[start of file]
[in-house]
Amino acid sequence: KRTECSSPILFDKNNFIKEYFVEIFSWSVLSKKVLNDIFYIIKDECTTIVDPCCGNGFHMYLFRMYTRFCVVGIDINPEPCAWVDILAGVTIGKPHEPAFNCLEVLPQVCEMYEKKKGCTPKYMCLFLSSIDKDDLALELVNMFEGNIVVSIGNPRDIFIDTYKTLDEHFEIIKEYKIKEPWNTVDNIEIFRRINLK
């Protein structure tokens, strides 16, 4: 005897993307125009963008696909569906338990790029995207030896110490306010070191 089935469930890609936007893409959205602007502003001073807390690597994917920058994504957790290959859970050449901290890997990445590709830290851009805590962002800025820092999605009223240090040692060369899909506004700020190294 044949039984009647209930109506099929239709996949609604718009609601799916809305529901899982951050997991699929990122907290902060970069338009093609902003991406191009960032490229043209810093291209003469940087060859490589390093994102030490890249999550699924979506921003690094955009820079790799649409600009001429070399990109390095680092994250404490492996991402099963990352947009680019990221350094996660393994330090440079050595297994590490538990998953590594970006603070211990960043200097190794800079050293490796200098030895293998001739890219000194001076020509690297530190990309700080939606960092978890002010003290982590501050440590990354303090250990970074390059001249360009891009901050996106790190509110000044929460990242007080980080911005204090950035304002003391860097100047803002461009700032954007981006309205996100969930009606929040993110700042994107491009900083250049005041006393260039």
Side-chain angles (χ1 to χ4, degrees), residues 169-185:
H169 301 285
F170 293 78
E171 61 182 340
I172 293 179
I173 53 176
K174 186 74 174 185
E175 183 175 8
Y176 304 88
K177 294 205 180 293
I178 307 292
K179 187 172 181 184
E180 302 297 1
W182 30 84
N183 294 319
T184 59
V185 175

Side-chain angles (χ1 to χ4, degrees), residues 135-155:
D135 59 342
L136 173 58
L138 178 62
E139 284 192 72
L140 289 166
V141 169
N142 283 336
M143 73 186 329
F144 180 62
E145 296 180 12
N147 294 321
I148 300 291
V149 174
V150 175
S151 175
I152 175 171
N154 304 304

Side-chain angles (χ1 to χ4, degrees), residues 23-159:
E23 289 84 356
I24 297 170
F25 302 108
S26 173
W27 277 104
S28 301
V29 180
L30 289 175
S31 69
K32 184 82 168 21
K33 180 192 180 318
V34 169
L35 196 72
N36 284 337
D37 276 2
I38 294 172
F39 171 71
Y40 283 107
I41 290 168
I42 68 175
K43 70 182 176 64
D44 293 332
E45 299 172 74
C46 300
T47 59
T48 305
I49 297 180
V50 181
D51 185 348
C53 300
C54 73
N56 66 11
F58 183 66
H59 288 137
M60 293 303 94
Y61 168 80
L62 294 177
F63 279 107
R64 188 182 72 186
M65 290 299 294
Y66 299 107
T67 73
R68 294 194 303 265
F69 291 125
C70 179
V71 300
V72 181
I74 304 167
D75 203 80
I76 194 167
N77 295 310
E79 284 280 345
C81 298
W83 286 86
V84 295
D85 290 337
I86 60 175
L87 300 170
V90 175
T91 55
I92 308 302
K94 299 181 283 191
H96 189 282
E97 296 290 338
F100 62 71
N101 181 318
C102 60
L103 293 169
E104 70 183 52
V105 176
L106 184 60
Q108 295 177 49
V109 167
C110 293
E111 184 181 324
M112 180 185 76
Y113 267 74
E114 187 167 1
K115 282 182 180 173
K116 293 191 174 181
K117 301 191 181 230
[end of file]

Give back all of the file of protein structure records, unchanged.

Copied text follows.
[in-house]
Amino acid sequence: KRTECSSPILFDKNNFIKEYFVEIFSWSVLSKKVLNDIFYIIKDECTTIVDPCCGNGFHMYLFRMYTRFCVVGIDINPEPCAWVDILAGVTIGKPHEPAFNCLEVLPQVCEMYEKKKGCTPKYMCLFLSSIDKDDLALELVNMFEGNIVVSIGNPRDIFIDTYKTLDEHFEIIKEYKIKEPWNTVDNIEIFRRINLK
């Protein structure tokens, strides 16, 4: 005897993307125009963008696909569906338990790029995207030896110490306010070191 089935469930890609936007893409959205602007502003001073807390690597994917920058994504957790290959859970050449901290890997990445590709830290851009805590962002800025820092999605009223240090040692060369899909506004700020190294 044949039984009647209930109506099929239709996949609604718009609601799916809305529901899982951050997991699929990122907290902060970069338009093609902003991406191009960032490229043209810093291209003469940087060859490589390093994102030490890249999550699924979506921003690094955009820079790799649409600009001429070399990109390095680092994250404490492996991402099963990352947009680019990221350094996660393994330090440079050595297994590490538990998953590594970006603070211990960043200097190794800079050293490796200098030895293998001739890219000194001076020509690297530190990309700080939606960092978890002010003290982590501050440590990354303090250990970074390059001249360009891009901050996106790190509110000044929460990242007080980080911005204090950035304002003391860097100047803002461009700032954007981006309205996100969930009606929040993110700042994107491009900083250049005041006393260039």
Side-chain angles (χ1 to χ4, degrees), residues 169-185:
H169 301 285
F170 293 78
E171 61 182 340
I172 293 179
I173 53 176
K174 186 74 174 185
E175 183 175 8
Y176 304 88
K177 294 205 180 293
I178 307 292
K179 187 172 181 184
E180 302 297 1
W182 30 84
N183 294 319
T184 59
V185 175

Side-chain angles (χ1 to χ4, degrees), residues 135-155:
D135 59 342
L136 173 58
L138 178 62
E139 284 192 72
L140 289 166
V141 169
N142 283 336
M143 73 186 329
F144 180 62
E145 296 180 12
N147 294 321
I148 300 291
V149 174
V150 175
S151 175
I152 175 171
N154 304 304

Side-chain angles (χ1 to χ4, degrees), residues 23-159:
E23 289 84 356
I24 297 170
F25 302 108
S26 173
W27 277 104
S28 301
V29 180
L30 289 175
S31 69
K32 184 82 168 21
K33 180 192 180 318
V34 169
L35 196 72
N36 284 337
D37 276 2
I38 294 172
F39 171 71
Y40 283 107
I41 290 168
I42 68 175
K43 70 182 176 64
D44 293 332
E45 299 172 74
C46 300
T47 59
T48 305
I49 297 180
V50 181
D51 185 348
C53 300
C54 73
N56 66 11
F58 183 66
H59 288 137
M60 293 303 94
Y61 168 80
L62 294 177
F63 279 107
R64 188 182 72 186
M65 290 299 294
Y66 299 107
T67 73
R68 294 194 303 265
F69 291 125
C70 179
V71 300
V72 181
I74 304 167
D75 203 80
I76 194 167
N77 295 310
E79 284 280 345
C81 298
W83 286 86
V84 295
D85 290 337
I86 60 175
L87 300 170
V90 175
T91 55
I92 308 302
K94 299 181 283 191
H96 189 282
E97 296 290 338
F100 62 71
N101 181 318
C102 60
L103 293 169
E104 70 183 52
V105 176
L106 184 60
Q108 295 177 49
V109 167
C110 293
E111 184 181 324
M112 180 185 76
Y113 267 74
E114 187 167 1
K115 282 182 180 173
K116 293 191 174 181
K117 301 191 181 230